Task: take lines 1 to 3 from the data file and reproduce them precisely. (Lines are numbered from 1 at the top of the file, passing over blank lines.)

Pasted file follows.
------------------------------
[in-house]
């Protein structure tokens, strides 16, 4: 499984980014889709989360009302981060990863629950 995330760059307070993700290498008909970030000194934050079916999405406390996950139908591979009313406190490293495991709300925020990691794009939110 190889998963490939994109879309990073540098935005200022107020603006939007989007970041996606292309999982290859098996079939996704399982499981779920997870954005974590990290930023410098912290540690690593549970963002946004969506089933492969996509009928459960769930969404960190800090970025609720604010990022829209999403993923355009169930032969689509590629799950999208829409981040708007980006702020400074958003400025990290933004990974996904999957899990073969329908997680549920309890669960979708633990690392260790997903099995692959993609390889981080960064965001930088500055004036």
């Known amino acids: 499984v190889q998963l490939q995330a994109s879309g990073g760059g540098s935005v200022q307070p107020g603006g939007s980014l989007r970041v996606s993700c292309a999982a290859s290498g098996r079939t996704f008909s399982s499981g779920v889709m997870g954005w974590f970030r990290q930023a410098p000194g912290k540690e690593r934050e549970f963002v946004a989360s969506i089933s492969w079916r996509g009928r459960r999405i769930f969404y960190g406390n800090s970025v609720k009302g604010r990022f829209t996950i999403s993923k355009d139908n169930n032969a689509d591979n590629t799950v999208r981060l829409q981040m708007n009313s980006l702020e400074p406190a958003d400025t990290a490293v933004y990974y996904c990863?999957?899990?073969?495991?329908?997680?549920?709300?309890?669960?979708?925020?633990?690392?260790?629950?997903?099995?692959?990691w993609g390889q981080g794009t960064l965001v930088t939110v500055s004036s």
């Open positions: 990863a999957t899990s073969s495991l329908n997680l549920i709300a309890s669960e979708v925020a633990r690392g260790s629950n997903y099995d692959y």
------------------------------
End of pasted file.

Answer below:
[in-house]
């Protein structure tokens, strides 16, 4: 499984980014889709989360009302981060990863629950 995330760059307070993700290498008909970030000194934050079916999405406390996950139908591979009313406190490293495991709300925020990691794009939110 190889998963490939994109879309990073540098935005200022107020603006939007989007970041996606292309999982290859098996079939996704399982499981779920997870954005974590990290930023410098912290540690690593549970963002946004969506089933492969996509009928459960769930969404960190800090970025609720604010990022829209999403993923355009169930032969689509590629799950999208829409981040708007980006702020400074958003400025990290933004990974996904999957899990073969329908997680549920309890669960979708633990690392260790997903099995692959993609390889981080960064965001930088500055004036």
């Known amino acids: 499984v190889q998963l490939q995330a994109s879309g990073g760059g540098s935005v200022q307070p107020g603006g939007s980014l989007r970041v996606s993700c292309a999982a290859s290498g098996r079939t996704f008909s399982s499981g779920v889709m997870g954005w974590f970030r990290q930023a410098p000194g912290k540690e690593r934050e549970f963002v946004a989360s969506i089933s492969w079916r996509g009928r459960r999405i769930f969404y960190g406390n800090s970025v609720k009302g604010r990022f829209t996950i999403s993923k355009d139908n169930n032969a689509d591979n590629t799950v999208r981060l829409q981040m708007n009313s980006l702020e400074p406190a958003d400025t990290a490293v933004y990974y996904c990863?999957?899990?073969?495991?329908?997680?549920?709300?309890?669960?979708?925020?633990?690392?260790?629950?997903?099995?692959?990691w993609g390889q981080g794009t960064l965001v930088t939110v500055s004036s």